• Bidirectional: PubNub APIs are bidirectional, meaning that both endpoints of the channel can communicate in either direction. This also means that the server can push a message to the client without the client sending a request or initiating a long polling session.
  • Realtime updates: Using the PubNub service also provides developers with a way to incorporate real-time features dynamically. Because the channels are shared by all Aapp instances of ToDo app, any update on the tasks and comments are received by all the running app instances, so that they can update their screens to reflect the current set of tasks along with their states and comments. If you are considering building this feature on your own, you will end up spending lot of time and effort to just make it work.
  • More secure: REST APIs are always publicly exposed and so they are under constant threat of Distributed Denial of Service (DDoS) attacks. Building a robust mechanism for countering such attacks requires additional tiers of server deployment, which is going to cost time and effort. With PubNub, these threats are inherently thwarted.
  • Less deployment overheads: Reducing the number of tiers and layers in server deployment is obviously good news for the company building the app, as it requires less overhead in terms of owning and managing the computing resources. Overall, it also greatly reduces the complexity of the deployment and simplifies the orchestration between the different components of the application.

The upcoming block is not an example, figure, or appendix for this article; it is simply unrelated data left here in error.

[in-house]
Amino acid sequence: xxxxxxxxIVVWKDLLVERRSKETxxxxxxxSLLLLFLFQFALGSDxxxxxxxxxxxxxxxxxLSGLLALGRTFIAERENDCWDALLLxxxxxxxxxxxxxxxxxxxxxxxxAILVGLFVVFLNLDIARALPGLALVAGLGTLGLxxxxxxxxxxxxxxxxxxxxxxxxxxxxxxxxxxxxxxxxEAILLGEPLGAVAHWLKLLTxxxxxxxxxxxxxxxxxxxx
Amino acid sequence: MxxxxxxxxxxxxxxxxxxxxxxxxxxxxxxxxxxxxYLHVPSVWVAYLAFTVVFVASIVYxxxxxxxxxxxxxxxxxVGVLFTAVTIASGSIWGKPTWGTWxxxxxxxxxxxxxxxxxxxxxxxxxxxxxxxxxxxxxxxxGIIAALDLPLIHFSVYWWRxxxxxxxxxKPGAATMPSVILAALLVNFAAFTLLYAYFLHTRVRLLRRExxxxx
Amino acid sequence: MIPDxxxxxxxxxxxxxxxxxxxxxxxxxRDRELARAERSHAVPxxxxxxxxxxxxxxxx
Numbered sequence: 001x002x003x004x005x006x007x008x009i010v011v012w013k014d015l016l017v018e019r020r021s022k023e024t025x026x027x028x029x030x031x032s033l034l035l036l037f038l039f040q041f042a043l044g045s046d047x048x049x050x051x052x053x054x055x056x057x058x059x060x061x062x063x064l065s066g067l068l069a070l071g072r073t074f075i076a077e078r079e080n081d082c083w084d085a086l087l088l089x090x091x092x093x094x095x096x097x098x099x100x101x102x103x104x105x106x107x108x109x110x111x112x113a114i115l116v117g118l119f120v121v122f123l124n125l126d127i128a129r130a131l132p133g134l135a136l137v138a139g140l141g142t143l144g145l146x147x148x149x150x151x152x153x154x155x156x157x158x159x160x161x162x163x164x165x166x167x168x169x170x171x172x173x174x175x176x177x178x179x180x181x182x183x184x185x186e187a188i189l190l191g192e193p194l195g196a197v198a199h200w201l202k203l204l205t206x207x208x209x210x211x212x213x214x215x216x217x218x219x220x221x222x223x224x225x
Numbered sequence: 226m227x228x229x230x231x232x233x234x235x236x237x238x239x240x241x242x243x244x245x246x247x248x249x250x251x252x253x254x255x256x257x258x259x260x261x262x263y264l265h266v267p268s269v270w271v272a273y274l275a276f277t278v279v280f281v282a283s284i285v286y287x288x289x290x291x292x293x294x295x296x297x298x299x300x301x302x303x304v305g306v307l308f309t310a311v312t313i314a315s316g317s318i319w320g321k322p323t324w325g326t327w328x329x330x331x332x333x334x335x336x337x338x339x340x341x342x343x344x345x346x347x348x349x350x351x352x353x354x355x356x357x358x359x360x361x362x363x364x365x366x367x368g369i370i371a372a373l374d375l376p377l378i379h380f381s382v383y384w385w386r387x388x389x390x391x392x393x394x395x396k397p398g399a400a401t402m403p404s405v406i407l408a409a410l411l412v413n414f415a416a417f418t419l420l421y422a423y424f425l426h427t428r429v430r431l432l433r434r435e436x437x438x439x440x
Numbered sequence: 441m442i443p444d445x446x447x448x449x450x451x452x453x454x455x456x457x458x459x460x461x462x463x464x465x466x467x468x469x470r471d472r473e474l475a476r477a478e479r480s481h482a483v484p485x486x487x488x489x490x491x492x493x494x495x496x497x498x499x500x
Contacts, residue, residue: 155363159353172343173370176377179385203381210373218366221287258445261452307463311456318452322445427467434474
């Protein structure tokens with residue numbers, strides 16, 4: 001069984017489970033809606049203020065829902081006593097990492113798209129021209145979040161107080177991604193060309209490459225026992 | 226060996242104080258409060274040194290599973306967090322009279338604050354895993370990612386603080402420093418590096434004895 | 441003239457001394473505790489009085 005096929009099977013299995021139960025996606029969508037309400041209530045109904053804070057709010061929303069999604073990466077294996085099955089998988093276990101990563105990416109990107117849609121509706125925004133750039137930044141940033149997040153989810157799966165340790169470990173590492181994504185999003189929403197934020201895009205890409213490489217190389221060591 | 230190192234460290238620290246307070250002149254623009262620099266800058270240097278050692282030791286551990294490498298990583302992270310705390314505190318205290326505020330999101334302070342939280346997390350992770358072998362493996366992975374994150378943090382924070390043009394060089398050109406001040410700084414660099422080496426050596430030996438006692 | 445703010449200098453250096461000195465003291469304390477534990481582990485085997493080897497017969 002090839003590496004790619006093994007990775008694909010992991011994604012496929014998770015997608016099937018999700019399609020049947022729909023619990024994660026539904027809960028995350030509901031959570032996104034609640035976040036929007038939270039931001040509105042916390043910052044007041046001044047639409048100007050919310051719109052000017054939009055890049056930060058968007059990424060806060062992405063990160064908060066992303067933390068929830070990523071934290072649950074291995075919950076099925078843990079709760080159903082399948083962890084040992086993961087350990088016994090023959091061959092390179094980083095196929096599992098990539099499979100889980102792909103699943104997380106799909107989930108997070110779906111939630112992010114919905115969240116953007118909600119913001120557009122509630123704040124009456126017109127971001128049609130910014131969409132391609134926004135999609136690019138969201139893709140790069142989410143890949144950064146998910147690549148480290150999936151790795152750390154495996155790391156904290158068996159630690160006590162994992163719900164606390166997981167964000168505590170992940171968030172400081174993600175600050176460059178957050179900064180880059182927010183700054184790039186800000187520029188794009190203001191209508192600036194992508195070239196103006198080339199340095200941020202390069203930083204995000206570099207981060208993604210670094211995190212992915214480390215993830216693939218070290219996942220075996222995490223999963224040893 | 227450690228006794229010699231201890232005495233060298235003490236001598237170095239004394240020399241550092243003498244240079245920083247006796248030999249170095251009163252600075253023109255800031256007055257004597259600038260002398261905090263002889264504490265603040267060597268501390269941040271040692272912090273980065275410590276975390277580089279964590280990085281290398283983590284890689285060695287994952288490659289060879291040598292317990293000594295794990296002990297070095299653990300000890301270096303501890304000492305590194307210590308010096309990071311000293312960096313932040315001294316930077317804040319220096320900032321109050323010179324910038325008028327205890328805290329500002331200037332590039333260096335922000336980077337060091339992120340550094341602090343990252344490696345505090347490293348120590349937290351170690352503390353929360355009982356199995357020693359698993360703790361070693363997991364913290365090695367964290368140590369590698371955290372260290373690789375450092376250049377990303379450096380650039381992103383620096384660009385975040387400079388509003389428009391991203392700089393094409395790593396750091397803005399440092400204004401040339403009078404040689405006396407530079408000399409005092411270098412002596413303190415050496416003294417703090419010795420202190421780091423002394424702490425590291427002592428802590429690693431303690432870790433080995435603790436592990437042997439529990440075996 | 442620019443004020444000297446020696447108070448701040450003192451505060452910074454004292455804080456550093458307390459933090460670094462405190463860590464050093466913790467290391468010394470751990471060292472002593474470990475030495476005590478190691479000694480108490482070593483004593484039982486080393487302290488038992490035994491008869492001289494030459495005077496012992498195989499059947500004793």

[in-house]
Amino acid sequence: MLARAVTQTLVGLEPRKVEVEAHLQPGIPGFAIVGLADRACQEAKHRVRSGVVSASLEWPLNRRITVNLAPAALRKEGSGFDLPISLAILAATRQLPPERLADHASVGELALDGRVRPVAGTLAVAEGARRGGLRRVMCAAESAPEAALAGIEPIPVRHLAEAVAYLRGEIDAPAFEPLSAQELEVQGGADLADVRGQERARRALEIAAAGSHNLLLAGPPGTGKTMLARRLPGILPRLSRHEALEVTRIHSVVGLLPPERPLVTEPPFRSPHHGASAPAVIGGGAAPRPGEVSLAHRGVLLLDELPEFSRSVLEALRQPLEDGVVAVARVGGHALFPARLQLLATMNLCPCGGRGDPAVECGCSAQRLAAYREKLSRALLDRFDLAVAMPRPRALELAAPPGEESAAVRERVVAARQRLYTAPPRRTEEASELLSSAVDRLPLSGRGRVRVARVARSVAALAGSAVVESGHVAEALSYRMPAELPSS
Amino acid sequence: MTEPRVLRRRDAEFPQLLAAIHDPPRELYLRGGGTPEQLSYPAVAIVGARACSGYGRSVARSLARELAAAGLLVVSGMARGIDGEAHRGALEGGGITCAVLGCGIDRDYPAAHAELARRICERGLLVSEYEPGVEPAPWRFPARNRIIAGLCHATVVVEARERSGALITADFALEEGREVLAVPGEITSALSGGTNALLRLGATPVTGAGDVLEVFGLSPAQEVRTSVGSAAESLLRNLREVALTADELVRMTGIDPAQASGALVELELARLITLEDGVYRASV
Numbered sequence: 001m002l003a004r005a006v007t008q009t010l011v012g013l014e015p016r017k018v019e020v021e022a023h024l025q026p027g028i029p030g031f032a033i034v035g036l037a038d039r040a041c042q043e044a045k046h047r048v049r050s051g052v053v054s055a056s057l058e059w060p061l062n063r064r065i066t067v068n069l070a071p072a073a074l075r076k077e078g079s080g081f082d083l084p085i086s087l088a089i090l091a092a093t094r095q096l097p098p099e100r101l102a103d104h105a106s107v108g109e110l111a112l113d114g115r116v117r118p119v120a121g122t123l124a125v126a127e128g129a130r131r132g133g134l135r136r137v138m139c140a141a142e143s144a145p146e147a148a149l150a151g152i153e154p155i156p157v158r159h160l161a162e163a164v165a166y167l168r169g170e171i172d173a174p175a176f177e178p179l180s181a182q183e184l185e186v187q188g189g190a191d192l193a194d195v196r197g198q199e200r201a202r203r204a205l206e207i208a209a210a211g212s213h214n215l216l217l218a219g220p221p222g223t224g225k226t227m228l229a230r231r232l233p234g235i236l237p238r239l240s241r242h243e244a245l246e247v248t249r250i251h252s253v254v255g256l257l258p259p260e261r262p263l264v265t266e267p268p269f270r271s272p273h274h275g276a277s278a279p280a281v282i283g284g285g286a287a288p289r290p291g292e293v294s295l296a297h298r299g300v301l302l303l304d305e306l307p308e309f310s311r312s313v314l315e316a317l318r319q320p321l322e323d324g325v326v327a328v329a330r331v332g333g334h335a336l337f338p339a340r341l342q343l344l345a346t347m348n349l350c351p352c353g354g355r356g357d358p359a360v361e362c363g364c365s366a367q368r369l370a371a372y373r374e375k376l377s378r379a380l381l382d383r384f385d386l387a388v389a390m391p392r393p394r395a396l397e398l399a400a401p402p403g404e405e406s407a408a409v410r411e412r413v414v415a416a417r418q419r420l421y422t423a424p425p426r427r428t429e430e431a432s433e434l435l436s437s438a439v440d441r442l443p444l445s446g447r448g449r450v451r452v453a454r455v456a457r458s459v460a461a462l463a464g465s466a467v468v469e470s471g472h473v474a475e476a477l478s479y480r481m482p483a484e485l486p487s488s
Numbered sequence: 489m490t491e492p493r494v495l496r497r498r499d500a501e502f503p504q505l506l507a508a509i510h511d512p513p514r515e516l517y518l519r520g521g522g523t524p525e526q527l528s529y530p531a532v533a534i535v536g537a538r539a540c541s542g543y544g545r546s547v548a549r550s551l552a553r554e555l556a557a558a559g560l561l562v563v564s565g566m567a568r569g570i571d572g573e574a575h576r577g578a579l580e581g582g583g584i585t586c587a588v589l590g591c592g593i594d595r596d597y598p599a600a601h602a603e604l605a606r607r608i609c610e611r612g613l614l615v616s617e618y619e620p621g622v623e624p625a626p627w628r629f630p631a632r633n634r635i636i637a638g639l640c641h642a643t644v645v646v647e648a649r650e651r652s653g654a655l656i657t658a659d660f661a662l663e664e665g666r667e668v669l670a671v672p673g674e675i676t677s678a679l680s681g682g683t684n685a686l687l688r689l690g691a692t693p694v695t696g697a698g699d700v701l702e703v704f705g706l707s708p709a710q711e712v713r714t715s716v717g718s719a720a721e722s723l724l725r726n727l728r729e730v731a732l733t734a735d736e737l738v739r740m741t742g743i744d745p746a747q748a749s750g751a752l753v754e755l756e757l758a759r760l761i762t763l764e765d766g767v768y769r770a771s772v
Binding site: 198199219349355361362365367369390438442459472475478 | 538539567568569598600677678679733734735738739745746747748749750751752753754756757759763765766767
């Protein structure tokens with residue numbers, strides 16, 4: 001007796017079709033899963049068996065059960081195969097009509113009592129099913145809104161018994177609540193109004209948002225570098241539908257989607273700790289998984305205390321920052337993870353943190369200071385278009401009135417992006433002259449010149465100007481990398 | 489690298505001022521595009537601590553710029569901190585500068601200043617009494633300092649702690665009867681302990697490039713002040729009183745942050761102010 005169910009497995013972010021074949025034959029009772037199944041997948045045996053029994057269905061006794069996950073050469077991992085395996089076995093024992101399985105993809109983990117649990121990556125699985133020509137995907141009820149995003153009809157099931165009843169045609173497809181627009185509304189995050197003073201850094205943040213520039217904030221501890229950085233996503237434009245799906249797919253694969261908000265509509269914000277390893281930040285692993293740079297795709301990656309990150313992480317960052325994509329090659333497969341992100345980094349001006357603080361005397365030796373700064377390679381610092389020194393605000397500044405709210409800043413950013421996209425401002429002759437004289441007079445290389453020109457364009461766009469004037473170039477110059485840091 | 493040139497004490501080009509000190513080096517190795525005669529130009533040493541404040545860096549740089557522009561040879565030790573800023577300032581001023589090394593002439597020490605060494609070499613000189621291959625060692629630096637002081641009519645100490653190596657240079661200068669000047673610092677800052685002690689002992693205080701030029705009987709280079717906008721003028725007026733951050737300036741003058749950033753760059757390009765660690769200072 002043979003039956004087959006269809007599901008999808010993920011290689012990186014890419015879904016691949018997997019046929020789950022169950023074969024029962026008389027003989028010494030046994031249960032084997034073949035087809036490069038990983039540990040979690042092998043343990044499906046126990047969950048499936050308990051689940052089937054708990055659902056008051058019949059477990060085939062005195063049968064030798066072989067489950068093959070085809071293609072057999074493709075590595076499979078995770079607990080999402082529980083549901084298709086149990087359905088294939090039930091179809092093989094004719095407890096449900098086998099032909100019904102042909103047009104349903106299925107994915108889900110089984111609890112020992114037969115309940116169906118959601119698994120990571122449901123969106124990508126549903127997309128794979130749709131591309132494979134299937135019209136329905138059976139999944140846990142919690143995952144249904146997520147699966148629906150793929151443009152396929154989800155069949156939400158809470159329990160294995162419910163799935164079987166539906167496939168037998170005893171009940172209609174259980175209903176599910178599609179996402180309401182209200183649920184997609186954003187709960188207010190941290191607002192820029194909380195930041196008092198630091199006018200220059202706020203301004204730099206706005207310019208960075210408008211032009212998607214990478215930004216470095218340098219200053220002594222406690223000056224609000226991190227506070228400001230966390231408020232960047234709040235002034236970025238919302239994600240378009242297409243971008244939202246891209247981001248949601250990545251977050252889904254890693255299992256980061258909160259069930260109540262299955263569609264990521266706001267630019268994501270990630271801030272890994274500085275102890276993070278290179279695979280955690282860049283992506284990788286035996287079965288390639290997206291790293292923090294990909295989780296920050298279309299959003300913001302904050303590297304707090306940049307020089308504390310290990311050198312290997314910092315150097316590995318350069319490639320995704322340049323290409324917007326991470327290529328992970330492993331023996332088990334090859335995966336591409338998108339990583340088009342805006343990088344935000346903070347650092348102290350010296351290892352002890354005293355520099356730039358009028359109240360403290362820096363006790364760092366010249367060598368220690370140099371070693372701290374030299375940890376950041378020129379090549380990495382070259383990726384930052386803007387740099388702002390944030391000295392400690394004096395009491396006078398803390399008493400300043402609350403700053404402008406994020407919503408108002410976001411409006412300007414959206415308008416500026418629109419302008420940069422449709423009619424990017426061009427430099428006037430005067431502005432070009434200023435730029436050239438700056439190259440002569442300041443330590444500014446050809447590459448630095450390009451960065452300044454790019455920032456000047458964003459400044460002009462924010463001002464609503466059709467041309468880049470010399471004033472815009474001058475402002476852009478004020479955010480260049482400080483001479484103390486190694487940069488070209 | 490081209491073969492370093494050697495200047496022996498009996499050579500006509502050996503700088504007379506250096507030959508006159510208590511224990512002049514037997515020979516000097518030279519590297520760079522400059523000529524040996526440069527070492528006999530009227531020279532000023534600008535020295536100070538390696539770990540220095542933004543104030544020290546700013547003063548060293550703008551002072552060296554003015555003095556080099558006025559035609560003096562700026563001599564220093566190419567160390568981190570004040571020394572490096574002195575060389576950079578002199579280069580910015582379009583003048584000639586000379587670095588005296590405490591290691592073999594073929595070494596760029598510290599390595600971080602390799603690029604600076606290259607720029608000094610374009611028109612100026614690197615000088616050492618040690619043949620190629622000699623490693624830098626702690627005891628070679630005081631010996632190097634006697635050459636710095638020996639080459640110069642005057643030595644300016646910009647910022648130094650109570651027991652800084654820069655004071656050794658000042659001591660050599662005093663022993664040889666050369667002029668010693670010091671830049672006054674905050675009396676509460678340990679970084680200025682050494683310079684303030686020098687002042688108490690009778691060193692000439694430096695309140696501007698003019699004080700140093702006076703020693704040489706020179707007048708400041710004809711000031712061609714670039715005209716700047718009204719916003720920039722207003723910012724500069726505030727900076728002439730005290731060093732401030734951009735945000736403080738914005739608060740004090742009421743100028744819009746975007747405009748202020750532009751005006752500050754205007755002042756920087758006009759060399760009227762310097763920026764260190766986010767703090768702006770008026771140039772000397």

• Dynamic scalability: Both Bluemix and PubNub are built for scale, which means that you can scale up as needed as per your application usage, without ever worrying about the additional deployment overheads. On the other hand, both services offer a free tier account, which is good enough for prototyping and test deployment at no cost.
  • Lower time to build and deploy: Overall, it is much cheaper to own an application built on Bluemix and PubNub because you can save on both the initial development time, which translates to a faster go to market, and also the recurring maintenance overheads associated with the deployment.

REST will be history

One of the common performance issue with REST call is that it always opens a new connection for every request and then closes the connection after getting back the response. Doing this frequently is an obvious performance hit for modern web and mobile apps that rely on frequent, bidirectional communication. PubNub has engineered it in a way to allow massive scalability with a robust back-end infrastructure to support real-time and always on messaging applications.

PubNub provides SDKs for integrating with all the programming language build packs supported under Bluemix. Just like we have seen for Python in the case of this app, there are PubNub SDKs available for some of the most popular web and mobile app platforms such as Java™, Ruby, Go NodeJS, and ASP.NET. This opens up a huge opportunity for developing state of the art, real-time, and super alert applications that can not only be deployed under Bluemix with ease, but can also scale with ease.

Stay tuned for more demos and application use cases using Bluemix and the PubNub Data Stream Network!